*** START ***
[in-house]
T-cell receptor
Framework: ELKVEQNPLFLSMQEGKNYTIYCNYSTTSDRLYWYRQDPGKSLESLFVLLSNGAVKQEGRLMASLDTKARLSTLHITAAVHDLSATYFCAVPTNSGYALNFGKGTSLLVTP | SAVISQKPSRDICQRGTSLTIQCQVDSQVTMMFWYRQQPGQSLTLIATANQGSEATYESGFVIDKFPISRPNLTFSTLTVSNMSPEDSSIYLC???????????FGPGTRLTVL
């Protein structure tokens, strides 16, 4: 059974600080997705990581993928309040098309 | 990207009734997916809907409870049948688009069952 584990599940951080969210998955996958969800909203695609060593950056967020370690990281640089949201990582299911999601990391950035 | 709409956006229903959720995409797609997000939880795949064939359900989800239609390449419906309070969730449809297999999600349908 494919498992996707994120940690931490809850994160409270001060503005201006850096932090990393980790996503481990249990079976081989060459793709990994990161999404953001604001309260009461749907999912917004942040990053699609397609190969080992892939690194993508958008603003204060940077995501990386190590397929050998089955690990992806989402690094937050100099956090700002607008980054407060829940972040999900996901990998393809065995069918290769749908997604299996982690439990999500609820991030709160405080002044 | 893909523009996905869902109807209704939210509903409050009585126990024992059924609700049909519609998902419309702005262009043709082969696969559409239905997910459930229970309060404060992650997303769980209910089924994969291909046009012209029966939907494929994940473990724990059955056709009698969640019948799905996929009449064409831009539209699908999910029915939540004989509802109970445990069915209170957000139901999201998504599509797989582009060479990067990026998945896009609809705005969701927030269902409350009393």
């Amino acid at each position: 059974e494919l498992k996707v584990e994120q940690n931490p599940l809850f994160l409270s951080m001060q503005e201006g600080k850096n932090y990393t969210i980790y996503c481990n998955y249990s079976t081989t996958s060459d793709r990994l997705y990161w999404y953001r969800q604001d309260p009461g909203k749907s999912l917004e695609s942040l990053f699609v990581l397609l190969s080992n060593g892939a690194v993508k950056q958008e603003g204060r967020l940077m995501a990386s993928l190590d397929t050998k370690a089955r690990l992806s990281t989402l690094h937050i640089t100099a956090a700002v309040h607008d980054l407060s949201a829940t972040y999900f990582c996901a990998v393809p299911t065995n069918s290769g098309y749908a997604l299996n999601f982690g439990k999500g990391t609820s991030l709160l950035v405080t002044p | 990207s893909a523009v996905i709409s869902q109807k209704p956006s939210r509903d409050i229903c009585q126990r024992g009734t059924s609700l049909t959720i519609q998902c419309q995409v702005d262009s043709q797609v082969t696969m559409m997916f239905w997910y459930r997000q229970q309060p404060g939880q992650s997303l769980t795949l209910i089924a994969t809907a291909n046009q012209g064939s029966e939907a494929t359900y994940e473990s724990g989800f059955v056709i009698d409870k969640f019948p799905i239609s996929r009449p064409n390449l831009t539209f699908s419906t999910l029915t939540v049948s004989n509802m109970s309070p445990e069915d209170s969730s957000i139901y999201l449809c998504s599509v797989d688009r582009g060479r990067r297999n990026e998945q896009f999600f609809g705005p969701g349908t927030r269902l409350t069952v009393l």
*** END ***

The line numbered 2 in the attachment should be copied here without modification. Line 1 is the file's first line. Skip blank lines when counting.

T-cell receptor